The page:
North of the 400

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Ovechkins celebrations a cause better left alone

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Last night in Toronto, Capitals sniper Alexander Ovechkin wore a Coach’s Corner T-shirt while warming up before the game. On the back was written “RESPECT”.

For those not in the loop, that is Don Cherry’s CBC segment. The segment where Cherry has blasted Ovechkin this season for his goal celebrations.

It was a sign that Ovechkin is ready to move on from the micro-controversy that has been clouding over him since a fateful game against Tampa Bay when he scored his 50th goal of the season. After hitting on a wrist shot, taken just inside the blue line to the left of Lightening goalie Mike McKenna, Ovechkin dropped his stick and pantomimed that he couldn’t pick it up, it was too hot.

On the scale of celebrations, it was far from the worst. It was Terrell Owens running to midfield after scoring a touchdown against Dallas. There was no disrespect, no taunting. Ovechkin was having a lark, like he does with most of his goals. One remembers him running on the ice or jumping into the boards after big goals. He is not one to simply smile and raise a hand when he scores. Rather, he wears his emotion on his sleeve.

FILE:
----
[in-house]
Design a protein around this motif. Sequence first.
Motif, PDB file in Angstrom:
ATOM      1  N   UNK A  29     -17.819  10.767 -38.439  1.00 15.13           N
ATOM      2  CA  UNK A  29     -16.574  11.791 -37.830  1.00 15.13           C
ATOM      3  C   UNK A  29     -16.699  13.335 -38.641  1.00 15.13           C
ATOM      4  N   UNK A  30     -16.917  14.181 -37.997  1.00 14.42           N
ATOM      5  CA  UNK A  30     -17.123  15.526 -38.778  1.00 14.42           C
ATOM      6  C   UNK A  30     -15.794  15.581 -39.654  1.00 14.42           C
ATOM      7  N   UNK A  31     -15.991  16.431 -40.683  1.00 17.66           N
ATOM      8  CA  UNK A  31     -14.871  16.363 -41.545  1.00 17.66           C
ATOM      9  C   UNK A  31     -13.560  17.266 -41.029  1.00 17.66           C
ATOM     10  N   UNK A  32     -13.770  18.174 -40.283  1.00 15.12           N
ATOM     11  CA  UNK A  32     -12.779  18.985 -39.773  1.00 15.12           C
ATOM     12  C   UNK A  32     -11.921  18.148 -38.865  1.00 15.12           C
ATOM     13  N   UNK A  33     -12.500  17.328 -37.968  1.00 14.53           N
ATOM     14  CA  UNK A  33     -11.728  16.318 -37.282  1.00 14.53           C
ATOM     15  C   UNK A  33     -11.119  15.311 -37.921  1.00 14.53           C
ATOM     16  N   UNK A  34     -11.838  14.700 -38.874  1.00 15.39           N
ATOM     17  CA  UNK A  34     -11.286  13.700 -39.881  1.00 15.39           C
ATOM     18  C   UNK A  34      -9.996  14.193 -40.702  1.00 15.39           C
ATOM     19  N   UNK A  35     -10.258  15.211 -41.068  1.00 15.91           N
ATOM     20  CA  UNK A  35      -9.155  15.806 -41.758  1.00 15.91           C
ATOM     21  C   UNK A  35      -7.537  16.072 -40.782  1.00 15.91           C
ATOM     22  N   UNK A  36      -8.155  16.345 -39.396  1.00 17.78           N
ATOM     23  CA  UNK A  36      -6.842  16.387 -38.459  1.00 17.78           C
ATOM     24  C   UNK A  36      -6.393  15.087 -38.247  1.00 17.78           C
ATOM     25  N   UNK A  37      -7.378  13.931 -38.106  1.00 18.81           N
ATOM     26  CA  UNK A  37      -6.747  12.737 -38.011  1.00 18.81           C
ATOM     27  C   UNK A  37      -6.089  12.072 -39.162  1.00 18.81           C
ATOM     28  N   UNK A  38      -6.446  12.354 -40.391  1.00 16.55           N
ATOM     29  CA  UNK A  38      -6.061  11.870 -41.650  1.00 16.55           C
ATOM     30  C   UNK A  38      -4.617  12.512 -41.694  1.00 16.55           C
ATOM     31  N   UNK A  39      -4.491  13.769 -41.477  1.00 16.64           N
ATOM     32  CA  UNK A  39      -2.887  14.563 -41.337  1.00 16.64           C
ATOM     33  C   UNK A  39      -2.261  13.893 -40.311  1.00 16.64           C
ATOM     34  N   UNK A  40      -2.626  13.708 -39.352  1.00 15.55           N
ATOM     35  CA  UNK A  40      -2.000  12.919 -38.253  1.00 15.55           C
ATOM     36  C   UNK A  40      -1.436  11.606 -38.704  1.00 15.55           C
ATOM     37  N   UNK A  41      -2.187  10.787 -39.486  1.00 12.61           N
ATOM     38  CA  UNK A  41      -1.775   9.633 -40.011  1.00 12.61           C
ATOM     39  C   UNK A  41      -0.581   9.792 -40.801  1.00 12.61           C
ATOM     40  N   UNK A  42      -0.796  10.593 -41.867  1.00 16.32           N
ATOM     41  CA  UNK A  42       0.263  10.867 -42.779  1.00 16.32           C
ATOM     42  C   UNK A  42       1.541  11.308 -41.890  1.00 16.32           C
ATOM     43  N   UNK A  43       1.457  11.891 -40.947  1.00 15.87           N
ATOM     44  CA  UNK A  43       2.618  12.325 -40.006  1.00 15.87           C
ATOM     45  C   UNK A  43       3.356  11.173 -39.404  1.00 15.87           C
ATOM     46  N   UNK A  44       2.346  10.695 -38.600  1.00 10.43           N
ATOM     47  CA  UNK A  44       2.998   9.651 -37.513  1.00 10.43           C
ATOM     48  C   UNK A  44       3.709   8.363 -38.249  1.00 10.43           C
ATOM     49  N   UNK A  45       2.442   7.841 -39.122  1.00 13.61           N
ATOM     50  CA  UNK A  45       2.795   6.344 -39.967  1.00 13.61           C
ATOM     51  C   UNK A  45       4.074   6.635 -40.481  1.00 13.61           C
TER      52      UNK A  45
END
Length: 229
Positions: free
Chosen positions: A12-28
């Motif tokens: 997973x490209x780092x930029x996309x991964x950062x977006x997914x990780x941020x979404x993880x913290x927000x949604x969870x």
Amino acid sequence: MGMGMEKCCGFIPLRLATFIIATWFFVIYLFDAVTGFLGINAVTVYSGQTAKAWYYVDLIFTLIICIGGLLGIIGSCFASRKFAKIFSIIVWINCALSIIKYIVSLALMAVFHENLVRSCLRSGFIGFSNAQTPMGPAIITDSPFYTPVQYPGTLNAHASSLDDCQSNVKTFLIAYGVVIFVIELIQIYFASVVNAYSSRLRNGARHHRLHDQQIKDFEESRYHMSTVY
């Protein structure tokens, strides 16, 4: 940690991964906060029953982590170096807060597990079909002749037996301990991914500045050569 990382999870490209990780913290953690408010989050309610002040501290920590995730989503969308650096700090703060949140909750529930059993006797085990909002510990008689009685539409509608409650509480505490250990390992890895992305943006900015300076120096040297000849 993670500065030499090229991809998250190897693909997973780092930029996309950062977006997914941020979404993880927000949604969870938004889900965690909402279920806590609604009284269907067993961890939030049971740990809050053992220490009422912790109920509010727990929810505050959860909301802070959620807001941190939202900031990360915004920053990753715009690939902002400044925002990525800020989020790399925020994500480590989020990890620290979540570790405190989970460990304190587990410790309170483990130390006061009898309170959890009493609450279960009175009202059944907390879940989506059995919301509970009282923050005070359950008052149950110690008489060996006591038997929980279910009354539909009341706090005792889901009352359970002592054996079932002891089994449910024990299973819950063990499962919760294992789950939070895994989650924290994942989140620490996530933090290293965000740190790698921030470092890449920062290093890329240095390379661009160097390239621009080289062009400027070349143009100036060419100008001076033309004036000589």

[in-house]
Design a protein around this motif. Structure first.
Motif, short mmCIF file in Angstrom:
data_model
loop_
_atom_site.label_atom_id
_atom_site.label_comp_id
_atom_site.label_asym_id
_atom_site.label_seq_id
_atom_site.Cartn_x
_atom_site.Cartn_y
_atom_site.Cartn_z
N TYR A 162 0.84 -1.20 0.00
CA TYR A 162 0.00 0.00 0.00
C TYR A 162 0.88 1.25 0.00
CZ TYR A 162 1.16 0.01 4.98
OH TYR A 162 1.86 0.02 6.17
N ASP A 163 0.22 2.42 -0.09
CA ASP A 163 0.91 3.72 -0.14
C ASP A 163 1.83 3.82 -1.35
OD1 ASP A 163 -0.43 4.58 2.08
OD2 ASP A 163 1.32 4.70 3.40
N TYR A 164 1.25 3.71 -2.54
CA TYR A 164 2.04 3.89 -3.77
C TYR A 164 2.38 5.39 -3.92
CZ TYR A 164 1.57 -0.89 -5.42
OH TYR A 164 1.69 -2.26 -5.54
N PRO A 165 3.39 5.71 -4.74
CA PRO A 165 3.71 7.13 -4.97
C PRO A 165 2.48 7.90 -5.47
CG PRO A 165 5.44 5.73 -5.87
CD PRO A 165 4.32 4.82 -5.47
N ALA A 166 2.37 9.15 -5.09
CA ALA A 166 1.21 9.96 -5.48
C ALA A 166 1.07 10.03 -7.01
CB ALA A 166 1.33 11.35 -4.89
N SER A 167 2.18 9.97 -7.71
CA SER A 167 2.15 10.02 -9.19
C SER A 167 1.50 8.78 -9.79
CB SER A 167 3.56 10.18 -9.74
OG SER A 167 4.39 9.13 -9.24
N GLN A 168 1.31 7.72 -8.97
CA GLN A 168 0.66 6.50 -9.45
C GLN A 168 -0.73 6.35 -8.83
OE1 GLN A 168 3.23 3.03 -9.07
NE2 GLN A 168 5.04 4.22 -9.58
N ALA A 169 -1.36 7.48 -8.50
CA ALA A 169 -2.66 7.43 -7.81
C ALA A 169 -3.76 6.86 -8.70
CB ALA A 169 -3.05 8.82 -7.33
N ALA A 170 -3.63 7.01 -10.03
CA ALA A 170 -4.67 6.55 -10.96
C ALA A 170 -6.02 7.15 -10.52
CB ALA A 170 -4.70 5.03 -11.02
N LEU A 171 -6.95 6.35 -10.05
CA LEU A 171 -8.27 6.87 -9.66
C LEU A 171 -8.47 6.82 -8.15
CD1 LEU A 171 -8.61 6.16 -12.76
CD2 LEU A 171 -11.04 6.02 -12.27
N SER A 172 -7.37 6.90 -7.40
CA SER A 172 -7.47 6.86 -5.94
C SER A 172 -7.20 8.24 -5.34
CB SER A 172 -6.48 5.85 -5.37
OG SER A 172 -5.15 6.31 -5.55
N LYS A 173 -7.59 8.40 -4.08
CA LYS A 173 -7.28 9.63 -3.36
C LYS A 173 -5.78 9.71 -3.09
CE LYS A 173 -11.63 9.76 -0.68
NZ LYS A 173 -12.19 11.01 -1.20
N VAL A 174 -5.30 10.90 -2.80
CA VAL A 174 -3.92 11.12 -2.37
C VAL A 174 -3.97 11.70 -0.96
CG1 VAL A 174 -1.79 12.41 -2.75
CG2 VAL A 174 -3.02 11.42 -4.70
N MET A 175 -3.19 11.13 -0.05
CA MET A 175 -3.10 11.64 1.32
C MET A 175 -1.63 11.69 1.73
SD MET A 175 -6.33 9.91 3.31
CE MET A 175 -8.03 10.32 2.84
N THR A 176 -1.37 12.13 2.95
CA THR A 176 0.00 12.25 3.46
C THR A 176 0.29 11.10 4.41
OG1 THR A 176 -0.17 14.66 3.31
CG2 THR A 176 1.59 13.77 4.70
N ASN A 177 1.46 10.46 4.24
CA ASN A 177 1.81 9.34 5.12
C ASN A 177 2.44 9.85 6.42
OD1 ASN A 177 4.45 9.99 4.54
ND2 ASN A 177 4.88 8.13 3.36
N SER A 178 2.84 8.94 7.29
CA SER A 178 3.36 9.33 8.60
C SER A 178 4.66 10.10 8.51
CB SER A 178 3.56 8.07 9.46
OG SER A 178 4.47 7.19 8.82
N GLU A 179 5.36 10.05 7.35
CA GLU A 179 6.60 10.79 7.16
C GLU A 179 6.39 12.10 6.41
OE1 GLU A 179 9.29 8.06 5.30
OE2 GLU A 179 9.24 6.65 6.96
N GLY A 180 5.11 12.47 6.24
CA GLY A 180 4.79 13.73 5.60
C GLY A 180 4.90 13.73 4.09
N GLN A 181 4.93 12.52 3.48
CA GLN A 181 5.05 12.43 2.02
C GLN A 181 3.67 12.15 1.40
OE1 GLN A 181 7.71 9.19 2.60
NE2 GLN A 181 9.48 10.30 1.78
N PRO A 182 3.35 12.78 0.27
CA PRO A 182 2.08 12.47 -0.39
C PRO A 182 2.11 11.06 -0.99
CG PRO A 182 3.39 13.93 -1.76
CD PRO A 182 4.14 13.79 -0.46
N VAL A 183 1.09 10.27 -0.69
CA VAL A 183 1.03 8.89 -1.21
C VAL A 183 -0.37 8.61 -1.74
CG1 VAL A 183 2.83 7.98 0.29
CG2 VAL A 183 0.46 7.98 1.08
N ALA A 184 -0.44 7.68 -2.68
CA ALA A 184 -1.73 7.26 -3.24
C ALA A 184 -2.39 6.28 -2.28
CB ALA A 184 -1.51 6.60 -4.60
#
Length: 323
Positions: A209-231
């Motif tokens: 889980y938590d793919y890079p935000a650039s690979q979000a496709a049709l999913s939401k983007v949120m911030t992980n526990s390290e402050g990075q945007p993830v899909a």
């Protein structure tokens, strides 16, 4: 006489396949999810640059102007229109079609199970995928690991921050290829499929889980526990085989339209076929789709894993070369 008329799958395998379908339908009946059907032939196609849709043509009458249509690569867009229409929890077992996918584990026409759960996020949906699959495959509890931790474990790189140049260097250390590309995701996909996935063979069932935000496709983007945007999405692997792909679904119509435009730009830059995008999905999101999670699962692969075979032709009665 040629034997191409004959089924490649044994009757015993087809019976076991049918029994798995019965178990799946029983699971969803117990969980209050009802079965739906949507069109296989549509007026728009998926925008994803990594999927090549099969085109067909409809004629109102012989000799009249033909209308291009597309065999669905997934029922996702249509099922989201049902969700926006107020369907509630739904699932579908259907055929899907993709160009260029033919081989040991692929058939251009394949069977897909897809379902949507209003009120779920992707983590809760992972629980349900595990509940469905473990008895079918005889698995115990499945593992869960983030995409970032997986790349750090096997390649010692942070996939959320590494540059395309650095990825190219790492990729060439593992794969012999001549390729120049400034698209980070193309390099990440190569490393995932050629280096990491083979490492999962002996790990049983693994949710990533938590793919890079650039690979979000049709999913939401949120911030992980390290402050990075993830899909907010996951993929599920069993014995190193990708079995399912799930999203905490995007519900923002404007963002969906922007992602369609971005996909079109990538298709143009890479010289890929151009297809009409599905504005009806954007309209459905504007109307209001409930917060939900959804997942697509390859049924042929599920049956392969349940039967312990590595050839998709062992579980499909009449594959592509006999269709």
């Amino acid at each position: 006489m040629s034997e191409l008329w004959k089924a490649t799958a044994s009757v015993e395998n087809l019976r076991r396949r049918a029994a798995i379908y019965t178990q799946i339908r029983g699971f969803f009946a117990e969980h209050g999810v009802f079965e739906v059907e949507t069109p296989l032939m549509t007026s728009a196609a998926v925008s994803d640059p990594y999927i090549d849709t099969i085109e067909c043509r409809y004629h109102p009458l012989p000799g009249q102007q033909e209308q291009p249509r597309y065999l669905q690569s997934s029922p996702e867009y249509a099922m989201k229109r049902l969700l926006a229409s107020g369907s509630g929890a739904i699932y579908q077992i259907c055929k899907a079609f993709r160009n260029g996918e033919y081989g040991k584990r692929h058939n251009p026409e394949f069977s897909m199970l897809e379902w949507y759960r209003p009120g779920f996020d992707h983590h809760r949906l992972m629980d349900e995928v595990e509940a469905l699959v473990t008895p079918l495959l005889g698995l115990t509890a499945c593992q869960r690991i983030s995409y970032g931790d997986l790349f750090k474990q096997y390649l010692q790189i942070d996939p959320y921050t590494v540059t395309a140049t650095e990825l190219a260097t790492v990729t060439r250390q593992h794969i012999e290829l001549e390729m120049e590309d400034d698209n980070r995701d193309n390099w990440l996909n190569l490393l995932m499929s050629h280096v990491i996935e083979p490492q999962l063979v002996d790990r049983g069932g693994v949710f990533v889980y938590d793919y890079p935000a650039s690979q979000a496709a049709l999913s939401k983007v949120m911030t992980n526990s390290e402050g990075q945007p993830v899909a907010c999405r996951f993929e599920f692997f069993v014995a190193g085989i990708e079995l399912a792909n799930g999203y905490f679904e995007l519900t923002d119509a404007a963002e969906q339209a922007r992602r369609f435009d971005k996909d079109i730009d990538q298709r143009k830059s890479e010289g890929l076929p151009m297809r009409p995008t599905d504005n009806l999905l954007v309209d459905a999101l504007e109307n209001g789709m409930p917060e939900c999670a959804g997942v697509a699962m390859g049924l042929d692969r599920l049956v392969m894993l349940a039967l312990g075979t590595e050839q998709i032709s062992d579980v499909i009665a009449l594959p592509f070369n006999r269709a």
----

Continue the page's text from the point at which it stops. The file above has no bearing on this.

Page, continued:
And this wears on some people’s patience.

Don Cherry is one. He disagrees with what Ovechkin does and compares it to Jerome Iginla, who rarely does anything much after scoring. If Ovechkin is excitable, Iginla is workmanlike in his poise. After scoring his 50th last season against Vancouver, he put his stick up in the air and hugged a couple players.

Cherry makes a few points. By celebrating so much, he opens himself up to criticism. A parallel to baseball, as poised by Cherry, is fitting: if you stare too long at a home run, you’re likely to get thrown at. That happens. In hockey, Ovechkin may find that he’s getting a few more elbows thrown his way and that referees might decide to let them play.

Cherry keeps at it, though. “They’re laughing at you, Alex” he opined this past weekend. He found the stick-play more then harmless. A taunt. Rubbing it in. Think of the poor Lightening, all the way down in the standings.

Here he oversteps, and not just because Ovechkin is has 50 goals because he’s on a good Capitals team — if anything, the Capitals are a good team because Ovechkin has 50 goals. He reads too far into Ovechkins actions and leads one to wonder if in Cherry’s ideal world, there would have be no celebrations and pitchers can throw at hockey forwards.

Unaddressed by Cherry was Cliff Ronning in the 1991 Smythe finals, Theo Fleury in the 91 Smythe semi-finals or Teemu Selanne setting the goal record for a rookie.

One wonders if the shirt will be addressed on Saturday by Cherry. It’s a show of respect, yes, but the shirt means something else too: he’s tired of talking about it.

What’s a better sign then what Ovechkin did last night after scoring his 51st against the Maple Leafs? After crossing in front of Leafs goalie Martin Gerber, he pulled the puck in, waited for Gerber to bite and backhanded the puck past him.

And then he hugged some teammates with what looked to me like a hand pointing up to the press box.

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Written by M.

March 25, 2009 at 4:02 pm

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